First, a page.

How To Potty Train At Night

If your child is doing well using the potty during the day, the chances are that you're now ready to tackle night time potty training. Typically, children master daytime potty training before moving on to potty training at night. What’s different about these two processes? And how do you know when to start night time potty training? Read on for all the details, plus a few tips and tricks to make this undertaking easier for both you and your toddler.

Daytime Versus Night Time Potty Training

Children often start potty training at around 2 years old. Some children are ready earlier – others need a little more time. Daytime potty training starts with your child recognising the urge to wee and getting to the potty or toilet on their own, or with the help of a trusted adult. When your child has successfully mastered potty training, they will be able to use the toilet and no longer rely on nappies during the day. Night time potty training comes later, after you have successfully navigated daytime potty training. It’s important to know that your toddler will probably still need to use nappies at night and possibly during nap time too as they get to grips with potty training. Keep in mind that night time potty training can vary from child to child: some children need more time to learn how to stay dry at night. Some do not stay dry at night until they’re around 5 or 6 years old. That’s natural – up to one in five children sometimes still wet the bed at 5 years old.

When to Potty Train at Night

When to potty train at night will depend on your toddler. Although you can incorporate some night time potty training techniques into daytime training, it’s best to wait until your child is regularly using the toilet or potty during the day before focusing on staying dry overnight. Children all develop at different paces, so there’s no one-age-fits-all approach that can be applied to potty training at night. However, if your child begins potty training at about 2 years old, they might be ready to start working towards night time dryness by the time that they are 3 years old.

Is Night Time Potty Training Possible?

Yes! Night time potty training is more about the routine that you put in place to support your toddler rather than actually using the toilet or potty during the night. Here are a few things to keep in mind:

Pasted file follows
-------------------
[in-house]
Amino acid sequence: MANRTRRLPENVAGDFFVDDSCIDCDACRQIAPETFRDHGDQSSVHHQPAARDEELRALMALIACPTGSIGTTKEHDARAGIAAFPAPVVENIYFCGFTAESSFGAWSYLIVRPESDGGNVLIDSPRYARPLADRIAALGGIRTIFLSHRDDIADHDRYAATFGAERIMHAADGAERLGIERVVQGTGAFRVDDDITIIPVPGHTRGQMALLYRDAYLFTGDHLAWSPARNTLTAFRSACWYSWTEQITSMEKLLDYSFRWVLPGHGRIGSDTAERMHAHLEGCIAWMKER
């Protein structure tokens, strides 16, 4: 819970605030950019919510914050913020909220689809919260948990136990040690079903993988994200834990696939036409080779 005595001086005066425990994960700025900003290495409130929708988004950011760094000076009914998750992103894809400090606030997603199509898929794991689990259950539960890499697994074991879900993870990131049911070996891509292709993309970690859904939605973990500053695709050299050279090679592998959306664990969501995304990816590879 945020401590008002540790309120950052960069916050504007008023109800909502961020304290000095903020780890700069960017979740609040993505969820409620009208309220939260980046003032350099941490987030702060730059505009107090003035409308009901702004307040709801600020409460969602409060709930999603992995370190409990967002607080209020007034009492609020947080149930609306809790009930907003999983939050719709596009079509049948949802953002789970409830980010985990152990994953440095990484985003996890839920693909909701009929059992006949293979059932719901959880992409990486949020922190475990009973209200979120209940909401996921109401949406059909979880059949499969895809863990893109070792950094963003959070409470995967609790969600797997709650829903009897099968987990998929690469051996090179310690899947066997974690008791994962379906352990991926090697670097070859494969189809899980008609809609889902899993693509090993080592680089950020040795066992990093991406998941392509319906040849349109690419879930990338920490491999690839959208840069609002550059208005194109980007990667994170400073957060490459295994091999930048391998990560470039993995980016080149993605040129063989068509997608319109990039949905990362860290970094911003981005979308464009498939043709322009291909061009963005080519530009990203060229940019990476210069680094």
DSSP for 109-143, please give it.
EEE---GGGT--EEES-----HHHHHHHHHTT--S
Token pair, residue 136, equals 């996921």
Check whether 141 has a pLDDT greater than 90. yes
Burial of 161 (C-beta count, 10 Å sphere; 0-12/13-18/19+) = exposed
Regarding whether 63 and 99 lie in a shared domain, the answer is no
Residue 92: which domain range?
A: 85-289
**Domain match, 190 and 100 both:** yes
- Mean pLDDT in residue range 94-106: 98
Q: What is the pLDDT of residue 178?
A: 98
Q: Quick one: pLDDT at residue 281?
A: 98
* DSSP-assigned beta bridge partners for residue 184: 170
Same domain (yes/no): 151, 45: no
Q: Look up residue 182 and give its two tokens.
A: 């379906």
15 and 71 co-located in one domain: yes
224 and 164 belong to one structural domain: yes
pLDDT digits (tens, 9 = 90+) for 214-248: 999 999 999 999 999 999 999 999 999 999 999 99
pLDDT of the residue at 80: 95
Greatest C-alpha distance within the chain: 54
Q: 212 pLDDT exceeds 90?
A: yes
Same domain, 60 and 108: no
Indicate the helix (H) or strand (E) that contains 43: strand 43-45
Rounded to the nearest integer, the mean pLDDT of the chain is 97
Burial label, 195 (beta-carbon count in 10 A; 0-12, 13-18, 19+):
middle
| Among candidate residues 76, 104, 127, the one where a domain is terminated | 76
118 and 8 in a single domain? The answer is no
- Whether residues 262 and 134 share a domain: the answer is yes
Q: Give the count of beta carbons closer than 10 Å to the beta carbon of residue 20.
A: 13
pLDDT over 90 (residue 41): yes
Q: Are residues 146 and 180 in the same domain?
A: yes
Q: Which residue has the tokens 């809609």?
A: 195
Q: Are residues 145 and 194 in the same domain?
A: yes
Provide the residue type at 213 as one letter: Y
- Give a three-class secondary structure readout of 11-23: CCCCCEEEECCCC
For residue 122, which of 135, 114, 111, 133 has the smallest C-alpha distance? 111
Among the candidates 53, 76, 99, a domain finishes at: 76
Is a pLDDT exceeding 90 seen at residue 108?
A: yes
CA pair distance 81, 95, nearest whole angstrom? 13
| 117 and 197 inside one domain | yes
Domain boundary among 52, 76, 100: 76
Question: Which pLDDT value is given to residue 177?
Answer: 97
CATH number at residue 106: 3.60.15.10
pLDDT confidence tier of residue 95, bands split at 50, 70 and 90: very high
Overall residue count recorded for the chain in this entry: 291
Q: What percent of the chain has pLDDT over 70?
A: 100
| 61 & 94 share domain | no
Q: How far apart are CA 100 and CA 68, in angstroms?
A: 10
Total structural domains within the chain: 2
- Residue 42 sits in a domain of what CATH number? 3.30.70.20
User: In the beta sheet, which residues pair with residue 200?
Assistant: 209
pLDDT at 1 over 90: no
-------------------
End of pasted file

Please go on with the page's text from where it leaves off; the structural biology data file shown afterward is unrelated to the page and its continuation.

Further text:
• Bowel control. Bowel control comes before bladder control, so your toddler probably won’t experience overnight bowel movements. Most babies have stopped pooing in the night by the time they are 1 year old. But of course, every child is different, so you might get the accidental slip-up.

  • Bladder control. It takes time for the bladder to mature and for the brain to be able to send signals that it’s time to wake up from sleep to pee. This physiological development isn’t typically complete until your child is about 6 years old. That's why night time bedwetting (enuresis) is common in children up until about 5 or 6 years of age.

  • Waking your child up at night. Some parents wonder if waking their child up should be part of potty training at night. It’s best to let your toddler develop the ability to wake up on their own when needing to pee. However, if your child is wetting the bed at night after 5 years old, you could consult your health visitor or GP. In some cases, they may recommend using a bed-wetting alarm device, which automatically goes off when moisture is detected and helps make the connection between waking up and needing to pee. They sometimes may also prescribe medication to reduce how much pee is made in the night.

Handy tip

Don’t try to push your child into potty training, day or night. It won’t work. Encouragement is the best way, with heaps of praise when they start using the potty or they come to you or call you at night when they need to pee.


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Hints and Tips on How to Potty Train at Night

To help you and your toddler get to grips with night time potty training, we’ve compiled 13 of our best night time potty training hints and tips: